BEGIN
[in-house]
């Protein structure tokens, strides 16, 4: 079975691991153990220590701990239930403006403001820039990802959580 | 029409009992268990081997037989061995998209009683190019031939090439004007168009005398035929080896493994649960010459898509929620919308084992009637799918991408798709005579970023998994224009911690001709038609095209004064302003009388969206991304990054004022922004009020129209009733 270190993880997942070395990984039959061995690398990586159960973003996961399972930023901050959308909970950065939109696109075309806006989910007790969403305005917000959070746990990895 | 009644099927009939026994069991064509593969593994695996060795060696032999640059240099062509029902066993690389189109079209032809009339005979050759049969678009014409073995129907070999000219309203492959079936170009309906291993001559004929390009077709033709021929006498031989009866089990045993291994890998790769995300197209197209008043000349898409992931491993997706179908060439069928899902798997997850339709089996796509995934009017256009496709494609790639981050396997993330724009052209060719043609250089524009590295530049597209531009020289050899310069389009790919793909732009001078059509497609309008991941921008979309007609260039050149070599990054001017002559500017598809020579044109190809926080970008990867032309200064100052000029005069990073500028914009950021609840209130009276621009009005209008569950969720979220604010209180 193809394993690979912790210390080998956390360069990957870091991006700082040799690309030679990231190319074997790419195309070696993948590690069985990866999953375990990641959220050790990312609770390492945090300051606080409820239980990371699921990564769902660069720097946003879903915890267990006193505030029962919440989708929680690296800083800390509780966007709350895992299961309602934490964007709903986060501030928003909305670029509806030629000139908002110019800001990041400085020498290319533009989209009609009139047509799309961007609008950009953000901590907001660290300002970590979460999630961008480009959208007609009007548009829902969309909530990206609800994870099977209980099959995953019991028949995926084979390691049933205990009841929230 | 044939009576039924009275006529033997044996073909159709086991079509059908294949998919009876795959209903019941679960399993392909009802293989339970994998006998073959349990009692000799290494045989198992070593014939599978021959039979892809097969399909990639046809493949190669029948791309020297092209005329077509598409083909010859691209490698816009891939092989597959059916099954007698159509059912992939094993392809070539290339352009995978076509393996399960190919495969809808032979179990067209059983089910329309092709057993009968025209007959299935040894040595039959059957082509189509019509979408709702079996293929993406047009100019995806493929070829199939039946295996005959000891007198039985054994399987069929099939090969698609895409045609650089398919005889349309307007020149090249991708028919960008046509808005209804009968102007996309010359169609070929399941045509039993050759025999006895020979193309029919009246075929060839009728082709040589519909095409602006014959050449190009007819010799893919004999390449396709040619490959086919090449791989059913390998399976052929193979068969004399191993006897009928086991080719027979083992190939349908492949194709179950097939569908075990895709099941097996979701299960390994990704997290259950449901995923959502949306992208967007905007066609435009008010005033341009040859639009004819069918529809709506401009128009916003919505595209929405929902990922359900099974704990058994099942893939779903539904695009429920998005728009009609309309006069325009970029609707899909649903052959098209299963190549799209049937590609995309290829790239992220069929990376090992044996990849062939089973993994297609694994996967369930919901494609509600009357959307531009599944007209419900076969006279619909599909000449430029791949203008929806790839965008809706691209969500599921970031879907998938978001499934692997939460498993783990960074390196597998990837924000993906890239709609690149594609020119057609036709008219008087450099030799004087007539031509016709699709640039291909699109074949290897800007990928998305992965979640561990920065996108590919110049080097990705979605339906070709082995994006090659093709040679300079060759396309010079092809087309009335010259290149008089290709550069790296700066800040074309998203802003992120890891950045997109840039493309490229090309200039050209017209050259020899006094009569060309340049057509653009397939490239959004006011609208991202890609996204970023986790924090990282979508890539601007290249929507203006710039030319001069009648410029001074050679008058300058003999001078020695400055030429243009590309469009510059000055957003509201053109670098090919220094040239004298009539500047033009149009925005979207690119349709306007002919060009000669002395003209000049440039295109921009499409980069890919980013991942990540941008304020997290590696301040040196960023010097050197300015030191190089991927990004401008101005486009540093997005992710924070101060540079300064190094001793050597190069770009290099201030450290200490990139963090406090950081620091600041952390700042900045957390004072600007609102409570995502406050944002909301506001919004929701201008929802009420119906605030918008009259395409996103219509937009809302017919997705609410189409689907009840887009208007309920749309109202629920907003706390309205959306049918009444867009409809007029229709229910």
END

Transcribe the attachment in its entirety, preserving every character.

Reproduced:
[in-house]
């Protein structure tokens, strides 16, 4: 079975691991153990220590701990239930403006403001820039990802959580 | 029409009992268990081997037989061995998209009683190019031939090439004007168009005398035929080896493994649960010459898509929620919308084992009637799918991408798709005579970023998994224009911690001709038609095209004064302003009388969206991304990054004022922004009020129209009733 270190993880997942070395990984039959061995690398990586159960973003996961399972930023901050959308909970950065939109696109075309806006989910007790969403305005917000959070746990990895 | 009644099927009939026994069991064509593969593994695996060795060696032999640059240099062509029902066993690389189109079209032809009339005979050759049969678009014409073995129907070999000219309203492959079936170009309906291993001559004929390009077709033709021929006498031989009866089990045993291994890998790769995300197209197209008043000349898409992931491993997706179908060439069928899902798997997850339709089996796509995934009017256009496709494609790639981050396997993330724009052209060719043609250089524009590295530049597209531009020289050899310069389009790919793909732009001078059509497609309008991941921008979309007609260039050149070599990054001017002559500017598809020579044109190809926080970008990867032309200064100052000029005069990073500028914009950021609840209130009276621009009005209008569950969720979220604010209180 193809394993690979912790210390080998956390360069990957870091991006700082040799690309030679990231190319074997790419195309070696993948590690069985990866999953375990990641959220050790990312609770390492945090300051606080409820239980990371699921990564769902660069720097946003879903915890267990006193505030029962919440989708929680690296800083800390509780966007709350895992299961309602934490964007709903986060501030928003909305670029509806030629000139908002110019800001990041400085020498290319533009989209009609009139047509799309961007609008950009953000901590907001660290300002970590979460999630961008480009959208007609009007548009829902969309909530990206609800994870099977209980099959995953019991028949995926084979390691049933205990009841929230 | 044939009576039924009275006529033997044996073909159709086991079509059908294949998919009876795959209903019941679960399993392909009802293989339970994998006998073959349990009692000799290494045989198992070593014939599978021959039979892809097969399909990639046809493949190669029948791309020297092209005329077509598409083909010859691209490698816009891939092989597959059916099954007698159509059912992939094993392809070539290339352009995978076509393996399960190919495969809808032979179990067209059983089910329309092709057993009968025209007959299935040894040595039959059957082509189509019509979408709702079996293929993406047009100019995806493929070829199939039946295996005959000891007198039985054994399987069929099939090969698609895409045609650089398919005889349309307007020149090249991708028919960008046509808005209804009968102007996309010359169609070929399941045509039993050759025999006895020979193309029919009246075929060839009728082709040589519909095409602006014959050449190009007819010799893919004999390449396709040619490959086919090449791989059913390998399976052929193979068969004399191993006897009928086991080719027979083992190939349908492949194709179950097939569908075990895709099941097996979701299960390994990704997290259950449901995923959502949306992208967007905007066609435009008010005033341009040859639009004819069918529809709506401009128009916003919505595209929405929902990922359900099974704990058994099942893939779903539904695009429920998005728009009609309309006069325009970029609707899909649903052959098209299963190549799209049937590609995309290829790239992220069929990376090992044996990849062939089973993994297609694994996967369930919901494609509600009357959307531009599944007209419900076969006279619909599909000449430029791949203008929806790839965008809706691209969500599921970031879907998938978001499934692997939460498993783990960074390196597998990837924000993906890239709609690149594609020119057609036709008219008087450099030799004087007539031509016709699709640039291909699109074949290897800007990928998305992965979640561990920065996108590919110049080097990705979605339906070709082995994006090659093709040679300079060759396309010079092809087309009335010259290149008089290709550069790296700066800040074309998203802003992120890891950045997109840039493309490229090309200039050209017209050259020899006094009569060309340049057509653009397939490239959004006011609208991202890609996204970023986790924090990282979508890539601007290249929507203006710039030319001069009648410029001074050679008058300058003999001078020695400055030429243009590309469009510059000055957003509201053109670098090919220094040239004298009539500047033009149009925005979207690119349709306007002919060009000669002395003209000049440039295109921009499409980069890919980013991942990540941008304020997290590696301040040196960023010097050197300015030191190089991927990004401008101005486009540093997005992710924070101060540079300064190094001793050597190069770009290099201030450290200490990139963090406090950081620091600041952390700042900045957390004072600007609102409570995502406050944002909301506001919004929701201008929802009420119906605030918008009259395409996103219509937009809302017919997705609410189409689907009840887009208007309920749309109202629920907003706390309205959306049918009444867009409809007029229709229910």